martes, 11 de junio de 2013

Gamification - The 6D Framework

The last two months I have been participated on the Gamification Training at Coursera, from the University of Pennsylvania (Kevin Werbach), I will try in this post to share with you some of the  principal aspects of this "point of view" of the design.

You could also check the website of the book made by Kevin Werbach "For the Win"

First of all let me share with you my general conclusions. To be honest, maybe is one of the best trainings in which I have participated, I feel very confortable with the structure of the course, the content, and the possibilities that it gives me to be applied on my daily responsibility.

I evaluated and applied before some other design methods, for example Design Thinking, Lean Startup, etcetera. In my opinion, Gamification is another strategy to design a product, or a marketing strategy, or an human resources strategy... But unlike other more philosophical ways, Gamification gives you some detailed and structured frameworks to drive you on the design process. So, the perfect match with my square brain.

On the first part of the course, Kevin Werbach, introduce us new concepts like behaviorism, the motivational design, the fun (and their categories), the rewarding, the emocional, the engagement, the dynamics, components and design elements, and of course the dangers of the different technics.

Will be imposible summarize in this post all the concepts described during the course, so I will be focus for the moment on the 6D Framework.

The 6D Framework

The 6D framework is a design process with the next six elements, steps or premises:
  • Define Business Objectives
  • Delineate target behavior
  • Describe yours players
  • Devise activity loops
  • Don't forget the fun
  • Deploy appropriate tools

Define Business Objectives

Which are the achievements of the project, of the system, of the campaign? 

Process:
  1. Make a list as concrete as possible and rank them
  2. Eliminate the things is not a final business objective
  3. Justify objectives … why is that something to achieve?
For example for bliquo (leisure aggregator) the main goal was to encourage the people to book restaurants, the secondary ones was:
  • Collect a huge number of users
  • Have a healthy database content of places
  • ...  

Delineate target behavior

Things you want users to do. Process:

  1. Specify the tasks
  2. Define the success metrics, the win states for every tasks
  3. Define the ways to measuring this win states:
    • DAU/MAU - Ratio between daily and monthly active users, 100% shows a high engage application
    • Virality - Sharing activity
    • Activity volume
According again to bliquo (leisure aggregator) the things we want users to do was:
  • Encourage people to book (KPI #Books/User #Books/Week #Books/Weekday ...)
  • Encourage people to rate and review places (KPI #Rates/User #Rate/Week #Rate/Weekday ...)
  • Encourage people to share this activity  (KPI #FBShare/User #TWShare/User ...)
  • Encourage people to invite friends (KPI #NewsUser/Invitation/Channel ...)
  • ...  

Describe yours players

What do you know about the players? (Demographics, Age groups, Psychographics, Kind of Behavior… ) Knowing this players, the kind of players, make a big different … in order to know how to motivate them.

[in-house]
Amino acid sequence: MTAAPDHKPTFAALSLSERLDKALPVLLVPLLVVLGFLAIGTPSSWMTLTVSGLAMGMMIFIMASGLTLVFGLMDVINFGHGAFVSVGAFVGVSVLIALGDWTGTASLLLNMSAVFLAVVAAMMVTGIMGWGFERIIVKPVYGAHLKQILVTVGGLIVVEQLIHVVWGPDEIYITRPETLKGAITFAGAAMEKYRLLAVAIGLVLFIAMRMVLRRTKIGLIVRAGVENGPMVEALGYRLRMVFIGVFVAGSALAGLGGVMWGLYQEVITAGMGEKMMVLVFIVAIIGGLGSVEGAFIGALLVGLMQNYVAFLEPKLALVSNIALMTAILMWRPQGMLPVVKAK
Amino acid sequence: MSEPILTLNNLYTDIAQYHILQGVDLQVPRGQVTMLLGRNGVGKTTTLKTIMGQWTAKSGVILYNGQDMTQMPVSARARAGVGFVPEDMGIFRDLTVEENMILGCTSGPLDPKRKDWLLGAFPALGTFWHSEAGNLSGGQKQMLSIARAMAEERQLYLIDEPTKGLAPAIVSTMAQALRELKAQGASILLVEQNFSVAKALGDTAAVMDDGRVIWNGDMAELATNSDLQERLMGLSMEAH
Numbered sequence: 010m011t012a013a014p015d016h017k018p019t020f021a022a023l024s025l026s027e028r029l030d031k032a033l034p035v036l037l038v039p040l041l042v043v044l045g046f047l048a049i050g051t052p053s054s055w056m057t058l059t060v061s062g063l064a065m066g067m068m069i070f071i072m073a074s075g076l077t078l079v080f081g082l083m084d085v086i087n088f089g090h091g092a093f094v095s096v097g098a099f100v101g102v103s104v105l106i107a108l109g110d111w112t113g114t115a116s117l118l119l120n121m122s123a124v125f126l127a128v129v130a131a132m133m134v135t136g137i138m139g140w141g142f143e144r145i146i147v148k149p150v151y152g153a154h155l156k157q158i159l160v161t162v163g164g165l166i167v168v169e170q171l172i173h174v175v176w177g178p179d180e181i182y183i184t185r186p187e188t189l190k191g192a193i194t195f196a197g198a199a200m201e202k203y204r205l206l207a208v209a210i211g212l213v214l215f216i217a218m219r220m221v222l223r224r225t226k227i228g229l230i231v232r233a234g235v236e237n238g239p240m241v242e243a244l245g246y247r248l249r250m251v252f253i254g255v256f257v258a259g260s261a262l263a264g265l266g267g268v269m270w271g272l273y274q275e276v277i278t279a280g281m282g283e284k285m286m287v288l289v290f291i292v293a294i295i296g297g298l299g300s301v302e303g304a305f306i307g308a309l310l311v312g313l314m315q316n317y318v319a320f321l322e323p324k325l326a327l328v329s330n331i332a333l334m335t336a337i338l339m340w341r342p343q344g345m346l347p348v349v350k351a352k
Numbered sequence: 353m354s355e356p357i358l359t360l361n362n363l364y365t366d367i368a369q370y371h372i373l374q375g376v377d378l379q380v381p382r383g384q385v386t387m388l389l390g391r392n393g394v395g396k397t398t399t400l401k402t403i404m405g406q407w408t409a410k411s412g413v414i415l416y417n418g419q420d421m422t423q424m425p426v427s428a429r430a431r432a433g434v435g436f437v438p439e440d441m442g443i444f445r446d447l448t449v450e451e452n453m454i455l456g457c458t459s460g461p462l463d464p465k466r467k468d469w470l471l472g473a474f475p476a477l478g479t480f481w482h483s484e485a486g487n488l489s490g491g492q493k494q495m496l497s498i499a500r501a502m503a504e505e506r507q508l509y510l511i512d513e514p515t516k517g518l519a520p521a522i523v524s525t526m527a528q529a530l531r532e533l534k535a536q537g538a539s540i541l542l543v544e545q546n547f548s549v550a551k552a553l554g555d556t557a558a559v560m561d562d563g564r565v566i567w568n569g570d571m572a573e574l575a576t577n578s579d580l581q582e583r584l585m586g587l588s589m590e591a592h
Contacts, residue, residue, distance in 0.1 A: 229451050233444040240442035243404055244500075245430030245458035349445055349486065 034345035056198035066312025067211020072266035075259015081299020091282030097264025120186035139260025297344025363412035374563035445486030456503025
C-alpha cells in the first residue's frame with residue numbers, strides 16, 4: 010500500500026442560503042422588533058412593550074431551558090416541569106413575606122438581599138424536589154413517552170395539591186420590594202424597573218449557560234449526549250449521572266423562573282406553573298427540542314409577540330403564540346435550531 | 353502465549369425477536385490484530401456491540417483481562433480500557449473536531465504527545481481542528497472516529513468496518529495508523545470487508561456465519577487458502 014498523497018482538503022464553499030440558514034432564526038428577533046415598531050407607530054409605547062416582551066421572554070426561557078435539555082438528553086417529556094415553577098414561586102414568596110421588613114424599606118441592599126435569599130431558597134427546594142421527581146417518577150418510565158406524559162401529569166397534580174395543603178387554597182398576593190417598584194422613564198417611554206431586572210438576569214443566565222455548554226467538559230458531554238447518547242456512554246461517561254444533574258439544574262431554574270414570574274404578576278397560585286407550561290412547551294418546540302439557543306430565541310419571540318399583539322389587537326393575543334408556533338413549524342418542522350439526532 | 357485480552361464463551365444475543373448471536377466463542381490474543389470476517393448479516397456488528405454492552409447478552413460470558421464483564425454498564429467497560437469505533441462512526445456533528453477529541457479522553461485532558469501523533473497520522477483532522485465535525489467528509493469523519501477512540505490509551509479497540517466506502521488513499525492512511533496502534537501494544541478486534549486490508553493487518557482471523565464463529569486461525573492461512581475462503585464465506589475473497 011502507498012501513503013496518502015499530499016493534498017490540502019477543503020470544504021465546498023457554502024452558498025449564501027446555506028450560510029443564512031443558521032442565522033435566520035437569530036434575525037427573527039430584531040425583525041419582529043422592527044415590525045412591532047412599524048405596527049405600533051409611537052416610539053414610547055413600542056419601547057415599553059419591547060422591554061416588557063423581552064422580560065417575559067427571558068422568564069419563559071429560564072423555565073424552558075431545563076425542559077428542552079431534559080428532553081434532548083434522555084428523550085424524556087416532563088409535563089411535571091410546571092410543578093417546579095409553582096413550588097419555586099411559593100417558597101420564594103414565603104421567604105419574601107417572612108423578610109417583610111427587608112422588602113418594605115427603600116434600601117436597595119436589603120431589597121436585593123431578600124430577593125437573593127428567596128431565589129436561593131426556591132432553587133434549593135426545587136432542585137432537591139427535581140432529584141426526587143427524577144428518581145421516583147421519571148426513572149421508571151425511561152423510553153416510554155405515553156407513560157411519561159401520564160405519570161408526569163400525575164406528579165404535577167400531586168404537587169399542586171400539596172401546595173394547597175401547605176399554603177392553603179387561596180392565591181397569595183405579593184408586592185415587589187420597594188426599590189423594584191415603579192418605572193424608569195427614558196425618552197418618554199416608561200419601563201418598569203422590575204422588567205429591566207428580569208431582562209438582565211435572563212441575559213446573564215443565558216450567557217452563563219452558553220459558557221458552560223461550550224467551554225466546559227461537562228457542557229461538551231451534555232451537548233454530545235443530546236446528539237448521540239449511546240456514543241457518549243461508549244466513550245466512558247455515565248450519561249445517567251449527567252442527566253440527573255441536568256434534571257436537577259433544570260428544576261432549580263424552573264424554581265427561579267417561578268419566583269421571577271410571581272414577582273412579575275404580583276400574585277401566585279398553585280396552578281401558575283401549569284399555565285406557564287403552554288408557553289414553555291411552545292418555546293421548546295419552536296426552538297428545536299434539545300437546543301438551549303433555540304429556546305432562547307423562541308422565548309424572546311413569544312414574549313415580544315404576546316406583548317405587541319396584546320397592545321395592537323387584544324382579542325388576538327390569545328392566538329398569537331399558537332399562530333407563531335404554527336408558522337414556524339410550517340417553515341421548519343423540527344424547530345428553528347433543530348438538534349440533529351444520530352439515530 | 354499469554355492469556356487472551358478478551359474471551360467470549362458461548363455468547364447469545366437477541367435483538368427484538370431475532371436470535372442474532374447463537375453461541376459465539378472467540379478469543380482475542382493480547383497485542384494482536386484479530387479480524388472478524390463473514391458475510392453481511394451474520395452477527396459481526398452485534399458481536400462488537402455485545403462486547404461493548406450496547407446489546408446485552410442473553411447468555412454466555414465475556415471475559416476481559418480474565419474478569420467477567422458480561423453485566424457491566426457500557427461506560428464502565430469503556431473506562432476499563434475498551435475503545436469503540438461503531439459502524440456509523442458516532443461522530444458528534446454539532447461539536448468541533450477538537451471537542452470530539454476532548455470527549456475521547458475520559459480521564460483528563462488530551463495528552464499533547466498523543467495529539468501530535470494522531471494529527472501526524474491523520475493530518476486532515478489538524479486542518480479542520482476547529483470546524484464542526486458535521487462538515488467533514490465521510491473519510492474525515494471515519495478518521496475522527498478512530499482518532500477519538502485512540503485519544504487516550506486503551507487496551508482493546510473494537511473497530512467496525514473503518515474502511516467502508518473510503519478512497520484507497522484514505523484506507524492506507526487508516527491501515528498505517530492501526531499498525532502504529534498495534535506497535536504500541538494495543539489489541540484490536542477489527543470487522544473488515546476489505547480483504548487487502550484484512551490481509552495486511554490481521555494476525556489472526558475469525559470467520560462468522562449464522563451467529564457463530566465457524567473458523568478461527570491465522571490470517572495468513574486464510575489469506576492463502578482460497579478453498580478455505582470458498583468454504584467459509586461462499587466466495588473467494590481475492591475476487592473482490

The most common model is the Bartle model, this model define four categories, is a good starting point:
  • Achievers. People who prefer acting and explore the world. So, people interested on rewards
  • Explorers. People who prefer interact and explore the world. So, people who wants to learn and discover
  • Socializers. People who prefer to interact and play
  • Killers. People who wants to fight, compete, vanquish 
There're some iterations of this Bartle model, based on verbs. Could be an easy way to identify our kind of users.

Your system could be addressed to some of these groups, so you should define different elements, different mechanism for each one, in order to motivate them.

Devise activity loops

We must identify and evaluate carefully the repetitives, recoursives structures, specifically our analysis must focus on the next two kinds of tasks:
  • Engagement loops
  • Progressive loops
Engagement loops. Based on the Motivational Design rules, we should identify the task we want the users to repeat, and motivate them to do it, and give them feedback to learn it
  • Motivation, motivate the users to do something we expect
  • Action, the user do the task
  • Feedback. we give to the user an immediate feedback to become them motivated and iterate the loop 
Progressive loops. Loops we will include on the design to drive them from a newbie to a master of our product.
  • From start to finish and a set of intermediate steps
  • Provide small challenges to the user to arriva to a final goal. 
A well design must provide engagement and progressive loops as the natural way to help the user to learn and to become a master of the product.

Don't forget the fun

Personally, maybe is the most difficult part of the framework, because, also in my opinion, is more philosophical against the others ones.

When people are in the path to design a gamified design, sometimes lose the focus, in easy to forget that the point is create something FUN.

Because the FUN is also an intrisic motivation.

Deploy appropriate tools

Use the right tools. Apply the dynamics, the mechanics, the components based on the previous premises, which verbs are aligned with our kind players, how we provide scaffolding to our users to become masters, who we want to provide FUN to them, and obviously to align the user behavior with the product objectives

As I share with all of you at the beginning of this post, I enjoyed a lot this course and I'll go deep on some of the concepts of the course like the self-determination theory, etc.

I'll let you know.

Next step the 42 rules of product manager book review.

Regards,